In China, too, it appears unlikely any such law – which the Communist Party is, in any case, unlikely to agree to – will have the far-reaching cathartic effect that Chinese activists are seeking, with many Chinese politicians, like their Indian counterparts, stashing their fortunes either in the names of their relatives or friends, or in overseas accounts.
For Indians and Chinese, the grass may simply appear greener across the border. But how do both countries compare when it comes to the scale of official corruption? Considering the opacity of the Chinese political and legal system, the absence of a judiciary independent of the party, and the lack of independent media to report on such issues, one has to assume that we probably know far less about the actual depth of corruption in China.
At the highest levels of the party and government, I would hazard a guess that what has come out, usually through the corruption purges we see often triggered by factional in-fighting, is just the tip of the iceberg. Through anecdotal evidence, I’ve heard of astronomical sums of money being talked with even local cadres amassing huge fortunes at the lowest village and township levels (some of them have been spotted gambling away their millions in Macau’s casinos).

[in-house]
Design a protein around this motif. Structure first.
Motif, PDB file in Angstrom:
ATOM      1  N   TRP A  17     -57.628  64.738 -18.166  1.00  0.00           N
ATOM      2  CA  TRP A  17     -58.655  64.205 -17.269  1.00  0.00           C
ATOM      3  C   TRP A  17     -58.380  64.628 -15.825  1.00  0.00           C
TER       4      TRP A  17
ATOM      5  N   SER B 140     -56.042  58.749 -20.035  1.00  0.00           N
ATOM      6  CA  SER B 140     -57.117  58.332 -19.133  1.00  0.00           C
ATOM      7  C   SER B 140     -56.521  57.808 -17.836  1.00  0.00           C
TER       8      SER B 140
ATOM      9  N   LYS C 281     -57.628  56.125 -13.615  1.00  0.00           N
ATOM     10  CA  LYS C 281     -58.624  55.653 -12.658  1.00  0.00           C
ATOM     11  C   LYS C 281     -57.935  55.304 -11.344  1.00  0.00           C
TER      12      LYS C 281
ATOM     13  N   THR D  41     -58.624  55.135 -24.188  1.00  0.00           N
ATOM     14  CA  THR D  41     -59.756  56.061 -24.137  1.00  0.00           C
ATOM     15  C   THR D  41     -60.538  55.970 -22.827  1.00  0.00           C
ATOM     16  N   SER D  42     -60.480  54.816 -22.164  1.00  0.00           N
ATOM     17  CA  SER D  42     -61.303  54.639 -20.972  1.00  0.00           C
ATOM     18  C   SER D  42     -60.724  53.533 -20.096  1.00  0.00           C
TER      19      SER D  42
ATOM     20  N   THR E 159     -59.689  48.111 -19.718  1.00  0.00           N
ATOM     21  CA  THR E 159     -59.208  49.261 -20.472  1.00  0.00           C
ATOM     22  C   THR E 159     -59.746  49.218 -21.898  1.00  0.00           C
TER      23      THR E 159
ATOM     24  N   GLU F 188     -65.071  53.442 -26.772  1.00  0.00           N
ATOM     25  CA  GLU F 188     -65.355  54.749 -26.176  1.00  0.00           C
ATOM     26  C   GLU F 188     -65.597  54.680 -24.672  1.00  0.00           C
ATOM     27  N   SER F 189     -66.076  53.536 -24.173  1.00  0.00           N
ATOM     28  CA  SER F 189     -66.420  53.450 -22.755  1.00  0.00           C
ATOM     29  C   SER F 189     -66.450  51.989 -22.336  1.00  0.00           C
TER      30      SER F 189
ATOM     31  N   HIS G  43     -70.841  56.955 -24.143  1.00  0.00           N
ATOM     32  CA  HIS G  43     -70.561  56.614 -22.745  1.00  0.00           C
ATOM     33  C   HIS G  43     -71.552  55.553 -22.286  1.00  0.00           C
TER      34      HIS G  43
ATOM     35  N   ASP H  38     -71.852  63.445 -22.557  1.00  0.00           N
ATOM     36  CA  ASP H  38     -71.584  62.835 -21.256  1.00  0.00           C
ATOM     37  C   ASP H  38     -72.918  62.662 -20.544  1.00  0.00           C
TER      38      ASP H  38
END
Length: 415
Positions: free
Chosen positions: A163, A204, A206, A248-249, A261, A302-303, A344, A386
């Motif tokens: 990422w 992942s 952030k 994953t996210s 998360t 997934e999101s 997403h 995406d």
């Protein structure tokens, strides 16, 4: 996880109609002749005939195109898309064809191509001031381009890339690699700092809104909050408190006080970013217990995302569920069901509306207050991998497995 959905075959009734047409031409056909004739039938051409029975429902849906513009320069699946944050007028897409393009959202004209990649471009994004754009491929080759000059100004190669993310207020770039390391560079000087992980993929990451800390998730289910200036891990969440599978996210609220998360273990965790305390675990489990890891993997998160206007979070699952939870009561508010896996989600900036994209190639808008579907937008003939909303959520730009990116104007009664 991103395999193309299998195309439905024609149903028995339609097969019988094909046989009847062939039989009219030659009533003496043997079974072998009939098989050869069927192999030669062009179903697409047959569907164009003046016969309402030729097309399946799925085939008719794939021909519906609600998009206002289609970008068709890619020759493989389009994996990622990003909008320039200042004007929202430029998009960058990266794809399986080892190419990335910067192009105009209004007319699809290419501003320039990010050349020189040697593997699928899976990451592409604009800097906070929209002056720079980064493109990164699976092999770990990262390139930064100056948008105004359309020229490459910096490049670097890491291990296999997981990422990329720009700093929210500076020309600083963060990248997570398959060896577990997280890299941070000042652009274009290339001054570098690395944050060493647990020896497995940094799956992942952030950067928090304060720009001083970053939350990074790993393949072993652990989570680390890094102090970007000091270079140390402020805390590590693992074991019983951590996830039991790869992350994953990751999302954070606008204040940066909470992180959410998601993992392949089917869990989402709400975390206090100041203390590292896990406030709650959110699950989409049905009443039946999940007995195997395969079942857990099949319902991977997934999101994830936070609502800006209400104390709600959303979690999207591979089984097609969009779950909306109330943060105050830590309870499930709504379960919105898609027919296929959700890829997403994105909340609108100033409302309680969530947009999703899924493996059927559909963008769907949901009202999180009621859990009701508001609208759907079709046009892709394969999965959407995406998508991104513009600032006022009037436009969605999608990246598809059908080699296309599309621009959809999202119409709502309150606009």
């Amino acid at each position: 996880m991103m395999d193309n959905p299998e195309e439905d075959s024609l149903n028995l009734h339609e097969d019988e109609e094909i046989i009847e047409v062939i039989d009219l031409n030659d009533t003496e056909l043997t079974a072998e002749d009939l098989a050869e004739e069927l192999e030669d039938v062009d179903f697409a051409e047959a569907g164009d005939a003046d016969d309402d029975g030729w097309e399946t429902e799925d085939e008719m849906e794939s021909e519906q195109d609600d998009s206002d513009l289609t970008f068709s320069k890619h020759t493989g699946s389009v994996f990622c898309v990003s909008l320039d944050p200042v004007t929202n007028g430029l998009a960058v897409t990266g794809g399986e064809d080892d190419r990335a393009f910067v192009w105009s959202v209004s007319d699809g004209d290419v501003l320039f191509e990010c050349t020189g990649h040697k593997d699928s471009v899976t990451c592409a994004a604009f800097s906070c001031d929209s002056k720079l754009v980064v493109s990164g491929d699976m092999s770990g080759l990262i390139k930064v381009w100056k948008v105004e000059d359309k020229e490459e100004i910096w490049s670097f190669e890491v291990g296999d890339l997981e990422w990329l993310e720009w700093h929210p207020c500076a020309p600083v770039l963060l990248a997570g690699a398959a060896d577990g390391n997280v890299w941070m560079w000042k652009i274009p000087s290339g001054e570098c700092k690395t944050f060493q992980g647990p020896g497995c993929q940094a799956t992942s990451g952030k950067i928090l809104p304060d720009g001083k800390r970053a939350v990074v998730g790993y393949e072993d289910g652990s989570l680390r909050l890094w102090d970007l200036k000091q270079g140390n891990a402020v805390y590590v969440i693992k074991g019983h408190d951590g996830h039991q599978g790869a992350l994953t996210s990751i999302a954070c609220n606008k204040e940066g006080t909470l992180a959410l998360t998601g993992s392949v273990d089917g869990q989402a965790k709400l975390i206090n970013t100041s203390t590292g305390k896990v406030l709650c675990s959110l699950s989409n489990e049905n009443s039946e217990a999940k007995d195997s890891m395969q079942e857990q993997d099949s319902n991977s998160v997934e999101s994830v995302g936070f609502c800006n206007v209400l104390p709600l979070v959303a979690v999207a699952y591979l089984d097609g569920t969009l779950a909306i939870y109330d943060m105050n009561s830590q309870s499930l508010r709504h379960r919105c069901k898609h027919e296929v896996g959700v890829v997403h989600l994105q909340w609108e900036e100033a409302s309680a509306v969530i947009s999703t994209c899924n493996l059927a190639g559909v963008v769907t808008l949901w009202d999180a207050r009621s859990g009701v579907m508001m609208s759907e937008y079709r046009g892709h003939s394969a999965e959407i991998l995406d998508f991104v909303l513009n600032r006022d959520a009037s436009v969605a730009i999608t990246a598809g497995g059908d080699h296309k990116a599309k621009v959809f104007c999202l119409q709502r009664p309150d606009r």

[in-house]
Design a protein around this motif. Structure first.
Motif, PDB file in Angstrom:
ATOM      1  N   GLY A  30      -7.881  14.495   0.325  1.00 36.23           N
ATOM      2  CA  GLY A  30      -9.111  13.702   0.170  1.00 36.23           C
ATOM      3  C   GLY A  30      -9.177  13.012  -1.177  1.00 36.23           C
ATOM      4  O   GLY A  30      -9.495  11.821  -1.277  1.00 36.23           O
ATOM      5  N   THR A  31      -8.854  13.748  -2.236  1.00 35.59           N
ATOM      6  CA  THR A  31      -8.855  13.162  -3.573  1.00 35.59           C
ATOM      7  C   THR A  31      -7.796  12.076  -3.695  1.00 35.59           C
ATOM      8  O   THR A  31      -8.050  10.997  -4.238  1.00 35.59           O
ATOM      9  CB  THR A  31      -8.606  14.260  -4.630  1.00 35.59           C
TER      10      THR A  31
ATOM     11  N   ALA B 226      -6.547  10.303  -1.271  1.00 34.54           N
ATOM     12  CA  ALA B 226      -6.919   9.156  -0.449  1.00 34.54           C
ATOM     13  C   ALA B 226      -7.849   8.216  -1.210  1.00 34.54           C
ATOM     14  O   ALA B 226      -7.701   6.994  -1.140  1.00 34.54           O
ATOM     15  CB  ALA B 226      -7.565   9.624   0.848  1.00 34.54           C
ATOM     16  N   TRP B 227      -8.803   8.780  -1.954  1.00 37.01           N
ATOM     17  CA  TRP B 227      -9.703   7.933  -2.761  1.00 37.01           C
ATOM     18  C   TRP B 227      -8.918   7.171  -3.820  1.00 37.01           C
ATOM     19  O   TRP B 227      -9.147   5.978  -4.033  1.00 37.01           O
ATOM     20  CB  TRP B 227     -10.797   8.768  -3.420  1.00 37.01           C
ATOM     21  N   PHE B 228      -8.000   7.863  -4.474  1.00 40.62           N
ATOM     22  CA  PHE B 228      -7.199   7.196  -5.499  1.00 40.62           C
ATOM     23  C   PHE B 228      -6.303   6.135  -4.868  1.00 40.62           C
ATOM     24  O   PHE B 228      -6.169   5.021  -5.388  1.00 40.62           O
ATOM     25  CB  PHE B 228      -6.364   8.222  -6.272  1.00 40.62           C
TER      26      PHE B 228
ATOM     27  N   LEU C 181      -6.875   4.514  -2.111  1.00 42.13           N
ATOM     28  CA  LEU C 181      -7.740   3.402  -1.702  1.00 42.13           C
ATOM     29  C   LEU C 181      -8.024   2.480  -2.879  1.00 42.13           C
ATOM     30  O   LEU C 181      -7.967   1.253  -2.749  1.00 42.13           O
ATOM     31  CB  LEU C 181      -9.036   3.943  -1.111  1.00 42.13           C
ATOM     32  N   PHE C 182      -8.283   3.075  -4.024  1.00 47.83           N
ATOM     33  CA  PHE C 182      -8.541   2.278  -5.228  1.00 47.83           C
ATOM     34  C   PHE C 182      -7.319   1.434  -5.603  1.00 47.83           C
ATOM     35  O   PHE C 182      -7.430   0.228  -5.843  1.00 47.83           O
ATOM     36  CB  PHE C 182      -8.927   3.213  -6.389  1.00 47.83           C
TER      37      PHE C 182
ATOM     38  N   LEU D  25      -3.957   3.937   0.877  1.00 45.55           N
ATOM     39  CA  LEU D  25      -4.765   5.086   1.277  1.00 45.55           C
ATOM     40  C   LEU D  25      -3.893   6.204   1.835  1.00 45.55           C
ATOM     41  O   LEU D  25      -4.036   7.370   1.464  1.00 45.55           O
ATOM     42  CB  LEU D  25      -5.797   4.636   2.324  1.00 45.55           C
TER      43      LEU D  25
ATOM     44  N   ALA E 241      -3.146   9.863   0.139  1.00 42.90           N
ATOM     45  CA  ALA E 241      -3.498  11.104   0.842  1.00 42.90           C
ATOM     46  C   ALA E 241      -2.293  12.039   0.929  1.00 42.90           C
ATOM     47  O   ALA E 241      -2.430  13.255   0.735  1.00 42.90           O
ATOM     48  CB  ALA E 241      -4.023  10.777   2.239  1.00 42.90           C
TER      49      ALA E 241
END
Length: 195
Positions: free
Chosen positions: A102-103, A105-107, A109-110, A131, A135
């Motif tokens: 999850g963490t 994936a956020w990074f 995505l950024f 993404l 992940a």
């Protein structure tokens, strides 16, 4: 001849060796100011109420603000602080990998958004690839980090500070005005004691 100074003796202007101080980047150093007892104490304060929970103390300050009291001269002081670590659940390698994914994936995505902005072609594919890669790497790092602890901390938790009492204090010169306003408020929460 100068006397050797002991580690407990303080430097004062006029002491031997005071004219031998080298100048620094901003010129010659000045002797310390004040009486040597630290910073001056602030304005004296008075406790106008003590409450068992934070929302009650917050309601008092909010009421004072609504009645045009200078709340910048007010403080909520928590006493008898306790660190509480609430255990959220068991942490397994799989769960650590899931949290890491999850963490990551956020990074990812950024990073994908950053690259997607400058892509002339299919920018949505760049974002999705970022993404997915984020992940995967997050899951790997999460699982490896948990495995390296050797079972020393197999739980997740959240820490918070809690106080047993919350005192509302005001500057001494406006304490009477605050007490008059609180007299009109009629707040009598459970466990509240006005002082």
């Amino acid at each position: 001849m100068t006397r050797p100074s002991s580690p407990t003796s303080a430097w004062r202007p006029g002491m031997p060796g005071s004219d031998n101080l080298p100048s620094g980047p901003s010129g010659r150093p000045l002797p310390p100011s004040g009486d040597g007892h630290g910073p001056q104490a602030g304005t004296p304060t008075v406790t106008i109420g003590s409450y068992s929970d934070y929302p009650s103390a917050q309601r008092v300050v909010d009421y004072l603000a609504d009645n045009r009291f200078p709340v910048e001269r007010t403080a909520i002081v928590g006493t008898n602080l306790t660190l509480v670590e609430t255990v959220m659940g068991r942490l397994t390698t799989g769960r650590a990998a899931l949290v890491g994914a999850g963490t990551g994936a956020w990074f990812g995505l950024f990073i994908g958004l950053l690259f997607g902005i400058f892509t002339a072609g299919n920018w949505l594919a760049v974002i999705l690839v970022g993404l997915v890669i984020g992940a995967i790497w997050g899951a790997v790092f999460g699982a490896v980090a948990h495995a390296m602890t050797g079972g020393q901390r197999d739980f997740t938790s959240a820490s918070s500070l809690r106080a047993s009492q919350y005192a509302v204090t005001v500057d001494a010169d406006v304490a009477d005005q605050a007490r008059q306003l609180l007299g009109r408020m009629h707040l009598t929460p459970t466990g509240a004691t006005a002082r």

But as far as the common man is concerned, the everyday corruption we see in India – whether at the local RTO to get a licence, or to fix a pothole in your street – appears far less prevalent in China, where the delivery of services at the local level is far more efficient and painless. The tens of thousands of protests at the grassroots we see in China are almost always directed at a very specific local grievance, rather than at the wider system.
The corruption of top officials may certainly evoke resentment, particularly among educated Chinese, but is less likely to bring people out into the streets, particularly if the party can continue to deliver rapid growth. In some sense, it is this everyday corruption – rather than the massive kickbacks that may take place at the highest levels of government, which in China may very well dwarf what we see in India– that evokes greater public anger, and is far more dangerous for any government -- particularly in a one-party State.